Articles: Graphics
 

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Just a year ago the mainstream class of graphics processors from ATI Technologies was represented by two R300-based products: RADEON 9500 and 9500 PRO. The latter VPU was a real success. With its eight pixel and four vertex pipelines, the chip was only limited by the memory bus width, but anyway, it performed excellently in most games and applications. However, this situation couldn’t last for long: it was not profitable to use one VPU for all product families. The company drew a thick border line between them by releasing the top-end R350 and the mainstream RV350.

The RV350 chip (officially named RADEON 9600) was a pretty progressive one: it was manufactured with 0.13micron technological process and worked at 400MHz frequency, but the developer left only half of the pipelines: four pixel and two vertex ones. The performance degenerated accordingly; the RADEON 9600 PRO would lose to the RADEON 9500 PRO across a majority of applications. However, even this “cut-down” chip left no chances to its main rival from NVIDIA, the GeForce FX 5600 Ultra.

The progress in the graphics market didn’t stop at that, of course. ATI Technologies and NVIDIA Corporation develop and launch their new mainstream solutions, RV360 and NV36, respectively. You can find more information on these two graphics chips in our article called ATI RADEON 9600 XT vs. NVIDIA GeForce FX5700 Ultra. Just to remind you: the RV360 chip is designed with a new insulation material, the so-called low-k dielectric, which helped to add 25% to the core frequency, increasing it up to 500MHz. At the same time, the memory frequency remained the same as with the RADEON 9600 PRO, 300MHz (600MHz DDR). Of course, ATI implements very efficient technologies for better utilization of the memory bandwidth, but anyway 600MHz is rather low compared to the 950MHz of GeForce FX 5700 Ultra cards. Fast memory showed its advantages in high resolutions: graphics cards on NVIDIA’s GPU often beat RADEON 9600 XT in such cases, notwithstanding the overall more efficient architecture of the latter (R360).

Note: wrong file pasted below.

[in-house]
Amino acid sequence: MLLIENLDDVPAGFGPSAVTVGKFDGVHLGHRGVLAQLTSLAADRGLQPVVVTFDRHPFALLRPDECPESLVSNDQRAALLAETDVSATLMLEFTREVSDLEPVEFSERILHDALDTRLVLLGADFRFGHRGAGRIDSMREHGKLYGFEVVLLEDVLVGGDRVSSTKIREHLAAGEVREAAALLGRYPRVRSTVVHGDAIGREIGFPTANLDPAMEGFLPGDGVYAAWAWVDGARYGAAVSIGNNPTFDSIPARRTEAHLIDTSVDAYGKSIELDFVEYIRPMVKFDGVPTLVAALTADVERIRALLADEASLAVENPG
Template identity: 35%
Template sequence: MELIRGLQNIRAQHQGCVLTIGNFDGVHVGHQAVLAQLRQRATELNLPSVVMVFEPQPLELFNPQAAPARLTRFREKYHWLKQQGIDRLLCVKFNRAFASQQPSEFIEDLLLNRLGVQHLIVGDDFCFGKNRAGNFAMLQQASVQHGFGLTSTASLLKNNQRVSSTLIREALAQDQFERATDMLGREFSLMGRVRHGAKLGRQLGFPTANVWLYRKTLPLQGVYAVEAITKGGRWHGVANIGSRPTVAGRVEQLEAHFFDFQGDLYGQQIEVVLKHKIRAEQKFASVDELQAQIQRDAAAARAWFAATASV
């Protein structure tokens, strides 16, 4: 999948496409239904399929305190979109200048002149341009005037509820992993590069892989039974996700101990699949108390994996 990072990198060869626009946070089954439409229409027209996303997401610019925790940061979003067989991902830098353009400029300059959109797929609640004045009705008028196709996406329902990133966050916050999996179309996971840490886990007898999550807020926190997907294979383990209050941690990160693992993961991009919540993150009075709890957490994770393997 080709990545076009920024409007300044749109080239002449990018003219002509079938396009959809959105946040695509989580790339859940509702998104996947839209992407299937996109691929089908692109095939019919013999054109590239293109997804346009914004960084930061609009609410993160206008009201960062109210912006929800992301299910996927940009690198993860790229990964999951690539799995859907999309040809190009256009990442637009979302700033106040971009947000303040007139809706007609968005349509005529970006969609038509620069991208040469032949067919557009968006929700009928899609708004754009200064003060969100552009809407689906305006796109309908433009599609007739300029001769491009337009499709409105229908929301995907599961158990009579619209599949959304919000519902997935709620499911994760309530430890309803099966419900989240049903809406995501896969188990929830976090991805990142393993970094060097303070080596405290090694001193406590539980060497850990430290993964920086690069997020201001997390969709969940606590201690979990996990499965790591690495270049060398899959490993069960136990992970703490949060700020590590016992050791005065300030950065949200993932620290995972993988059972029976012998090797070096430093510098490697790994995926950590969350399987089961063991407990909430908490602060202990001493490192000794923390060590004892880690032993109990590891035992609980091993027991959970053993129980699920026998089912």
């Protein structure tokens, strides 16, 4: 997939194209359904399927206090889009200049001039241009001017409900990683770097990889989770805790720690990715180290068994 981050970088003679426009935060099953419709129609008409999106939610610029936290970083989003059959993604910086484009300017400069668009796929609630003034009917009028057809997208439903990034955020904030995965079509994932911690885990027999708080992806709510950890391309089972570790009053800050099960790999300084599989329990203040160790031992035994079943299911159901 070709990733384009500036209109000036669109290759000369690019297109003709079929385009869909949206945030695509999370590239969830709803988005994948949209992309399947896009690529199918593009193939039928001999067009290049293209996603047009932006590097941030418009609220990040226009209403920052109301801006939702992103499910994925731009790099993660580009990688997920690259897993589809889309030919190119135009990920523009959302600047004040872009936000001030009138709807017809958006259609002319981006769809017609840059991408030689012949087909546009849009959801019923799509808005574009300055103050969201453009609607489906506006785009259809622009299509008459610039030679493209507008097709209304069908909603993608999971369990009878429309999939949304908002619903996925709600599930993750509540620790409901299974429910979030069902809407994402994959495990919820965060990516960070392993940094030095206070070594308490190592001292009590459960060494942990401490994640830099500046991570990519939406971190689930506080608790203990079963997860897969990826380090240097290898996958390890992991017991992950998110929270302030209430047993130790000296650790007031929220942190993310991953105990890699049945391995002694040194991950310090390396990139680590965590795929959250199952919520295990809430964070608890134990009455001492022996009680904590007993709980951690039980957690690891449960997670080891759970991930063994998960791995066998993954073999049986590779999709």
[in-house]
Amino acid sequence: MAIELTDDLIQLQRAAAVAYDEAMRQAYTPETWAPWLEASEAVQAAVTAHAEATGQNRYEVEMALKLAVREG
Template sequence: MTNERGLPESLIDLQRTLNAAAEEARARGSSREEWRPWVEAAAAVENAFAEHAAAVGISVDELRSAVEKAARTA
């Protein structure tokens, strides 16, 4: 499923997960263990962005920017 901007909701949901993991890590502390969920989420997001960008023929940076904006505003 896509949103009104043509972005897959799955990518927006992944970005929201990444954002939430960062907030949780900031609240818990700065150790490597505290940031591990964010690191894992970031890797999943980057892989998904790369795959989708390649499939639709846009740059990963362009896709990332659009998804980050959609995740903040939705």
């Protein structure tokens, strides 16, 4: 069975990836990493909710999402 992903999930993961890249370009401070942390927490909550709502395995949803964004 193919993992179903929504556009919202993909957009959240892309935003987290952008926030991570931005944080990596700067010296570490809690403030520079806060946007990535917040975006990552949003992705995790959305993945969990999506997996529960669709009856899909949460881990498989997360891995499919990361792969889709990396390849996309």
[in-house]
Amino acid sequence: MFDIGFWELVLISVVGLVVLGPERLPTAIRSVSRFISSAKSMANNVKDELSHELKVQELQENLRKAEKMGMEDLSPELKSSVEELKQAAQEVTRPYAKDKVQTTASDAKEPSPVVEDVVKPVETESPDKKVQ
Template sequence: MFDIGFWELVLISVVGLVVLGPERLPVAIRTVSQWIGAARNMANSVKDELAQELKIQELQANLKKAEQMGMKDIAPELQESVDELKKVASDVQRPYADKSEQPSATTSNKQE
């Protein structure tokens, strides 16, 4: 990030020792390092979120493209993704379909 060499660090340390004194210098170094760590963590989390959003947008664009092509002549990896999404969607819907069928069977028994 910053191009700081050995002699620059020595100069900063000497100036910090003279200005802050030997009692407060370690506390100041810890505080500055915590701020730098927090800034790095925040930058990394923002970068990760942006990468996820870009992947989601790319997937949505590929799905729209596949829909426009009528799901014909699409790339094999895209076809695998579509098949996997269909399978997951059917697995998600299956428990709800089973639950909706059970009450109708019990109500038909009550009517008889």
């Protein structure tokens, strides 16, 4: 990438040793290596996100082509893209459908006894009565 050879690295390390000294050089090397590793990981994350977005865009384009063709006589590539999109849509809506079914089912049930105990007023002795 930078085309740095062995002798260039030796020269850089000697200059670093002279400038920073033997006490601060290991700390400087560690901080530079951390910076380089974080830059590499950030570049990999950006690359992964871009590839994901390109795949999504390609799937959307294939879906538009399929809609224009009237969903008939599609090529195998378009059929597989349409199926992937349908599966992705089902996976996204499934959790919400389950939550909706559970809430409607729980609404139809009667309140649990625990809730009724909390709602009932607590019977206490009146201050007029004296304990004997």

Our today’s review is dedicated to an uncommon product. GeCube RADEON 9600 XT “Extreme” graphics card uses a new design of the PCB and comes equipped with a faster memory than ordinary products on this VPU. We are going to answer two questions: what advantages fast memory can bring to a RADEON 9600 XT-based card, and how the new PCB design influences the overclockability of the card (it’s no secret that the simplified PCB design has been the brake to overclocking memory chips installed onto such cards).

 
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